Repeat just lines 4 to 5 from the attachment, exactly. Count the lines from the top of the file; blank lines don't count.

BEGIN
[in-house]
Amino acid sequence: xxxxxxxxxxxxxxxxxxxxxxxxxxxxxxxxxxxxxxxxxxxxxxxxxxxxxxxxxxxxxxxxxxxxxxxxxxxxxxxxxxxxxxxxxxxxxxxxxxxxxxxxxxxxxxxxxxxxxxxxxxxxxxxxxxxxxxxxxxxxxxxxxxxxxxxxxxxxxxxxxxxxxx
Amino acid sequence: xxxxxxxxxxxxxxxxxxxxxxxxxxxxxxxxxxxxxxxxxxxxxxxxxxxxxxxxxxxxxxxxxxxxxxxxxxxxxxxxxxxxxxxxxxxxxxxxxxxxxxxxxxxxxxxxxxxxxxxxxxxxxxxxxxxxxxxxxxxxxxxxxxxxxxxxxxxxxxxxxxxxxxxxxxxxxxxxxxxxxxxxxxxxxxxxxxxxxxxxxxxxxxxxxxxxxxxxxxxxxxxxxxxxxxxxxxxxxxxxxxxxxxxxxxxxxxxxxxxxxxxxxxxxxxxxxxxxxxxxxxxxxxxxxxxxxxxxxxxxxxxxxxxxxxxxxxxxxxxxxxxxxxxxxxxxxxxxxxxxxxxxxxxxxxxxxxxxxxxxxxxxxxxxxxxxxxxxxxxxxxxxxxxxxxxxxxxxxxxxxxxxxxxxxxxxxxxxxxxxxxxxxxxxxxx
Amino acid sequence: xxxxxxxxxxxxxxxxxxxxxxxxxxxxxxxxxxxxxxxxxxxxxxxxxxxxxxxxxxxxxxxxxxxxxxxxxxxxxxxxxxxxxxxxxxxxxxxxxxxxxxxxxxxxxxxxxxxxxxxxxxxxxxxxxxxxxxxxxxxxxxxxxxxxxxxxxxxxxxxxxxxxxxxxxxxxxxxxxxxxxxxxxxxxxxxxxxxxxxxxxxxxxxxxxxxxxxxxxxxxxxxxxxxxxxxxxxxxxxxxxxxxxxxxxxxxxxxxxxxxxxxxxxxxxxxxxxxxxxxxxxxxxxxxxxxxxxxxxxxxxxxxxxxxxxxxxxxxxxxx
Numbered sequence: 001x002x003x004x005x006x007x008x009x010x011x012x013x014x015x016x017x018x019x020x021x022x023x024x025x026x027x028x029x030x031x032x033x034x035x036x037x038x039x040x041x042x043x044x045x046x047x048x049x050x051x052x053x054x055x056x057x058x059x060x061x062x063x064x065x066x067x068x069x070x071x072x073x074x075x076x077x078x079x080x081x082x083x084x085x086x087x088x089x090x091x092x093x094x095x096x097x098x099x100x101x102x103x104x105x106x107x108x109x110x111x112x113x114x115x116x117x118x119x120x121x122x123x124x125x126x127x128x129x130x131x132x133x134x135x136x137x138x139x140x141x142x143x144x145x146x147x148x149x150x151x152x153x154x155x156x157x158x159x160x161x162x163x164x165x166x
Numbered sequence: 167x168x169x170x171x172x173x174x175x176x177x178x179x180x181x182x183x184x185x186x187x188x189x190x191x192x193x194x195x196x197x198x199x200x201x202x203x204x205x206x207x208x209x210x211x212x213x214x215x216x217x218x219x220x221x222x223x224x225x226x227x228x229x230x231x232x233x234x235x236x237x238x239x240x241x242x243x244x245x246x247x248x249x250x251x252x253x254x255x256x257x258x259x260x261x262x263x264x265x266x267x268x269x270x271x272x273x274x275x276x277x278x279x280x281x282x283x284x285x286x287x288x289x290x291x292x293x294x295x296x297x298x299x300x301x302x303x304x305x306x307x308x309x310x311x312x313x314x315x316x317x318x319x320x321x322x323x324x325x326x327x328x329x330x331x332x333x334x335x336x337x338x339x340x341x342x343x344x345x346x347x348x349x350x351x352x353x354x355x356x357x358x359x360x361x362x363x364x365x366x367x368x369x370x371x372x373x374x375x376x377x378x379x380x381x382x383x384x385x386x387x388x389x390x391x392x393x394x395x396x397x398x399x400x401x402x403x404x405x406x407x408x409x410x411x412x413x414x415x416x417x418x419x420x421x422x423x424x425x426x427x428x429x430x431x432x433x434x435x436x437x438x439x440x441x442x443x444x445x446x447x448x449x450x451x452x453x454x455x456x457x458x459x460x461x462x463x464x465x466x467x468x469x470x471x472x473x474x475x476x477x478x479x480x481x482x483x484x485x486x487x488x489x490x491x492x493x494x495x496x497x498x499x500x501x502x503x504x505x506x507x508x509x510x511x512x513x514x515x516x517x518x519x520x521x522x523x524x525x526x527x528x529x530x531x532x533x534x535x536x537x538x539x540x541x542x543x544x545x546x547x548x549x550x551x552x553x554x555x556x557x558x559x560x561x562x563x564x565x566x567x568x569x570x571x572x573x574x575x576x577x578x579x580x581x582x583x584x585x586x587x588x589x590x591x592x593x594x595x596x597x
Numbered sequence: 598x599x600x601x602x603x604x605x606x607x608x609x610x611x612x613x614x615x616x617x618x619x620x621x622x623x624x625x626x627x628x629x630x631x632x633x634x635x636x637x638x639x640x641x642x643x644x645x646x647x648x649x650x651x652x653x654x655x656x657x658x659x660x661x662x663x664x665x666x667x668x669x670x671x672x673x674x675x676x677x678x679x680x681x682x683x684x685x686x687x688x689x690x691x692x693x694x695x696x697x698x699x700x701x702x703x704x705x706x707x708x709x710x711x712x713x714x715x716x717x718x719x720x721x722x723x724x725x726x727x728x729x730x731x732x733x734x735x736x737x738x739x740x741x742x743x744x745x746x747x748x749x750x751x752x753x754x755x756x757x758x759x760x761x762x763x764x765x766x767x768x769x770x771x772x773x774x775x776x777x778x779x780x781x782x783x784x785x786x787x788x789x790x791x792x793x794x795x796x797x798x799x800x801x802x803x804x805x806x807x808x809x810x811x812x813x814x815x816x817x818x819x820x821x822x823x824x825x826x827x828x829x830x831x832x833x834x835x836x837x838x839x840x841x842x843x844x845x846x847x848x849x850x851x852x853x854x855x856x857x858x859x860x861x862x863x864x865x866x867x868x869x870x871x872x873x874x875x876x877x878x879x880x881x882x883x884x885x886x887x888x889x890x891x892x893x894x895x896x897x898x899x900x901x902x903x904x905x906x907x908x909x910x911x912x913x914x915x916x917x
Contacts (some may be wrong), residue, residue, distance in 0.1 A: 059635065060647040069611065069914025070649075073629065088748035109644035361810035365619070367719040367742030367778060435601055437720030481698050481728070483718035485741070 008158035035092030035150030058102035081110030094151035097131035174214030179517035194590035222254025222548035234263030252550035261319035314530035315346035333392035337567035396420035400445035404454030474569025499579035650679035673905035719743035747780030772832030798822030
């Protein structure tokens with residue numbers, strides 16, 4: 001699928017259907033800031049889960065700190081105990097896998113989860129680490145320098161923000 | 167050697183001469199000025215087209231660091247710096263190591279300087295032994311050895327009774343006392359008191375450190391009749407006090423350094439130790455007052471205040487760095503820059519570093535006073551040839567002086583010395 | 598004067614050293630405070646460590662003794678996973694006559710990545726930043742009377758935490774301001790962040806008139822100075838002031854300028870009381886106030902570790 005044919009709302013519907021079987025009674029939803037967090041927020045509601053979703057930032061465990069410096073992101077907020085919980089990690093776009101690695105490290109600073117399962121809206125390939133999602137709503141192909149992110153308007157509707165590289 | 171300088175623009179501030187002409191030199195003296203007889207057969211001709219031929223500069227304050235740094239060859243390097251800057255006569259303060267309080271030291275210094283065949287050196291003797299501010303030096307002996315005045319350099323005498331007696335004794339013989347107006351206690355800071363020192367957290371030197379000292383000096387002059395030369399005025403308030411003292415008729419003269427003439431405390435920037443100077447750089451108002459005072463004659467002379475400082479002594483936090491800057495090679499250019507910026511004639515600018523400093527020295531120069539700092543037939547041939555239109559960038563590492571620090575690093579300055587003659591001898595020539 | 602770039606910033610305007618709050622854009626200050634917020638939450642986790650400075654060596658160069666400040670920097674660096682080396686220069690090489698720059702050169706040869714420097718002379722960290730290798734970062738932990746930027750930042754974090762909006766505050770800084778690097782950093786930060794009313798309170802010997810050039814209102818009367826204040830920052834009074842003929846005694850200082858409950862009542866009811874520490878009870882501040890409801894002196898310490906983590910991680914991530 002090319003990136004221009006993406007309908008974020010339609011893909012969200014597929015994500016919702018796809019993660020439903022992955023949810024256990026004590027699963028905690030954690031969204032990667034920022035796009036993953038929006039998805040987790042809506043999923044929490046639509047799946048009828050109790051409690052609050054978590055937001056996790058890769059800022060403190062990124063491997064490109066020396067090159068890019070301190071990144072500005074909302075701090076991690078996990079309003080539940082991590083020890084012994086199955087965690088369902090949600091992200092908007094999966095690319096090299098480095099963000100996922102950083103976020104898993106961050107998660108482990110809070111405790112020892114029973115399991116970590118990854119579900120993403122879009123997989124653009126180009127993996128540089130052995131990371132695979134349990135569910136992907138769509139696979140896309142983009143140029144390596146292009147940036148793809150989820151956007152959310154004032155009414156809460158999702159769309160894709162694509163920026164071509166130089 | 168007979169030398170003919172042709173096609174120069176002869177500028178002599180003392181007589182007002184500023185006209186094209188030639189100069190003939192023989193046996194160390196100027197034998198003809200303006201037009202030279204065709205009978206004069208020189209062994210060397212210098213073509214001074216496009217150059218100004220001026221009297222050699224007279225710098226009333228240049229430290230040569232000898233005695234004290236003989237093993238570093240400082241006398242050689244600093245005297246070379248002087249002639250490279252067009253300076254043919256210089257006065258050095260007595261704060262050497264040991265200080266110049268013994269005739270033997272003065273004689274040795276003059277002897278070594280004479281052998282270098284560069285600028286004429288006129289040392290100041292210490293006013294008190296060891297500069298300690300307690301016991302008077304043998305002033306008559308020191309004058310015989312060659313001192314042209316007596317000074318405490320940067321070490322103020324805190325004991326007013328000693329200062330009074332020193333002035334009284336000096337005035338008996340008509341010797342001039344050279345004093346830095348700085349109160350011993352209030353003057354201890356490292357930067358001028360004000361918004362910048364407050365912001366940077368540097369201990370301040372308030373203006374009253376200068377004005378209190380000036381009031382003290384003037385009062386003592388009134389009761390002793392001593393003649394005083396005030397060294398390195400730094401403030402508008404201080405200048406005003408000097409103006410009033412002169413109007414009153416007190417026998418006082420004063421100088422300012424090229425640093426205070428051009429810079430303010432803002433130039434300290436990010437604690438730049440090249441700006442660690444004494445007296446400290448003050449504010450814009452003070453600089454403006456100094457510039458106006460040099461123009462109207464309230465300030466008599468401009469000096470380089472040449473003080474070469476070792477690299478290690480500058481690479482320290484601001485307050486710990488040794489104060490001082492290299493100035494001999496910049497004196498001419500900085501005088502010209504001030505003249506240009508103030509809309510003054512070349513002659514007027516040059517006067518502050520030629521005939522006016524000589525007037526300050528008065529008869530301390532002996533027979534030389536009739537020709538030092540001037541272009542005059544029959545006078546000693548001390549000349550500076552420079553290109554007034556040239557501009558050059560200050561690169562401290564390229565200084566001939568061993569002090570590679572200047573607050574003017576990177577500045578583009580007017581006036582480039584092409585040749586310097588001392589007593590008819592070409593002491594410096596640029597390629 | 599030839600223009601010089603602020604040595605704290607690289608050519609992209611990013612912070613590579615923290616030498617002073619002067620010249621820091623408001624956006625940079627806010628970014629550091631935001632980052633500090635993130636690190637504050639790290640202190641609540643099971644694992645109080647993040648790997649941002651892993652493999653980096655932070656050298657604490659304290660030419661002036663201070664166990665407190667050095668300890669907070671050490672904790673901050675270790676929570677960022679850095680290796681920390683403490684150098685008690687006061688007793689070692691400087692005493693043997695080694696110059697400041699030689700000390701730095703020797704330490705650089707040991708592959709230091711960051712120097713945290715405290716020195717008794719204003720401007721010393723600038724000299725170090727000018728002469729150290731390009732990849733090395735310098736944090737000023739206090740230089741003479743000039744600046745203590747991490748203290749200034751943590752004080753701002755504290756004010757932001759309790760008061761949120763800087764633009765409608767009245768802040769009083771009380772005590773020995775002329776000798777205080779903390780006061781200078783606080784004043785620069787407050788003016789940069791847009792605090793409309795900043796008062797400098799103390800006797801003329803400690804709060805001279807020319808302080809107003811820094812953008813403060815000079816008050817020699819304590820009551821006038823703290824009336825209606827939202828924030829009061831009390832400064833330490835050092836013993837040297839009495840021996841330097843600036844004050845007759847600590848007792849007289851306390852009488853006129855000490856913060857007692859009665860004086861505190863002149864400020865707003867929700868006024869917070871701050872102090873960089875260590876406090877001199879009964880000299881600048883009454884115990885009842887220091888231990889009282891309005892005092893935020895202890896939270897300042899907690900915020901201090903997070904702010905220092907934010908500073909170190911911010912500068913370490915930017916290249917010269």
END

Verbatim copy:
Amino acid sequence: xxxxxxxxxxxxxxxxxxxxxxxxxxxxxxxxxxxxxxxxxxxxxxxxxxxxxxxxxxxxxxxxxxxxxxxxxxxxxxxxxxxxxxxxxxxxxxxxxxxxxxxxxxxxxxxxxxxxxxxxxxxxxxxxxxxxxxxxxxxxxxxxxxxxxxxxxxxxxxxxxxxxxxxxxxxxxxxxxxxxxxxxxxxxxxxxxxxxxxxxxxxxxxxxxxxxxxxxxxxxxxxxxxxxxxxxxxxxxxxxxxxxxxxxxxxxxxxxxxxxxxxxxxxxxxxxxxxxxxxxxxxxxxxxxxxxxxxxxxxxxxxxxxxxxxxxxxxxxxxx
Numbered sequence: 001x002x003x004x005x006x007x008x009x010x011x012x013x014x015x016x017x018x019x020x021x022x023x024x025x026x027x028x029x030x031x032x033x034x035x036x037x038x039x040x041x042x043x044x045x046x047x048x049x050x051x052x053x054x055x056x057x058x059x060x061x062x063x064x065x066x067x068x069x070x071x072x073x074x075x076x077x078x079x080x081x082x083x084x085x086x087x088x089x090x091x092x093x094x095x096x097x098x099x100x101x102x103x104x105x106x107x108x109x110x111x112x113x114x115x116x117x118x119x120x121x122x123x124x125x126x127x128x129x130x131x132x133x134x135x136x137x138x139x140x141x142x143x144x145x146x147x148x149x150x151x152x153x154x155x156x157x158x159x160x161x162x163x164x165x166x